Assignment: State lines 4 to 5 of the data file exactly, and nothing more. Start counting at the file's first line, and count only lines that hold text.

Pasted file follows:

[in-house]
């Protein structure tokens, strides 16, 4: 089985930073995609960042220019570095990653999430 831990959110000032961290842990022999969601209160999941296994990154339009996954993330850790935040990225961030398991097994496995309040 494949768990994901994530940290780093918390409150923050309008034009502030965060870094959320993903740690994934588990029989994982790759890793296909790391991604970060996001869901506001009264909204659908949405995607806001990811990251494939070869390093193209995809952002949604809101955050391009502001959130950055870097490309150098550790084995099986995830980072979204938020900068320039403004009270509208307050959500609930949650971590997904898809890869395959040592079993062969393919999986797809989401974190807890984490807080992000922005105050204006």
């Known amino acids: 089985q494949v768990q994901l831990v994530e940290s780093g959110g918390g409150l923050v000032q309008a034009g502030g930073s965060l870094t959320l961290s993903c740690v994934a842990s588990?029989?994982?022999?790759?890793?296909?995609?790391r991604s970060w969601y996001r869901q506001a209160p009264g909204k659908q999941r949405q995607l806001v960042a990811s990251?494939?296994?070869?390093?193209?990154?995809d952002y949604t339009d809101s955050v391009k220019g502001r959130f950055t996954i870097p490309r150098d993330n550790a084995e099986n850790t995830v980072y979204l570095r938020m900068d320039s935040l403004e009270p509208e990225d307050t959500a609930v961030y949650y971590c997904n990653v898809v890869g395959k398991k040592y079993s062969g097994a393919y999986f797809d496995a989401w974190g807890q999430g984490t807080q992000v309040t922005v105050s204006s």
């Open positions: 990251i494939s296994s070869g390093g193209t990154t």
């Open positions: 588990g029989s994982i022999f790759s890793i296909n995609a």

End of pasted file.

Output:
């Open positions: 990251i494939s296994s070869g390093g193209t990154t």
């Open positions: 588990g029989s994982i022999f790759s890793i296909n995609a």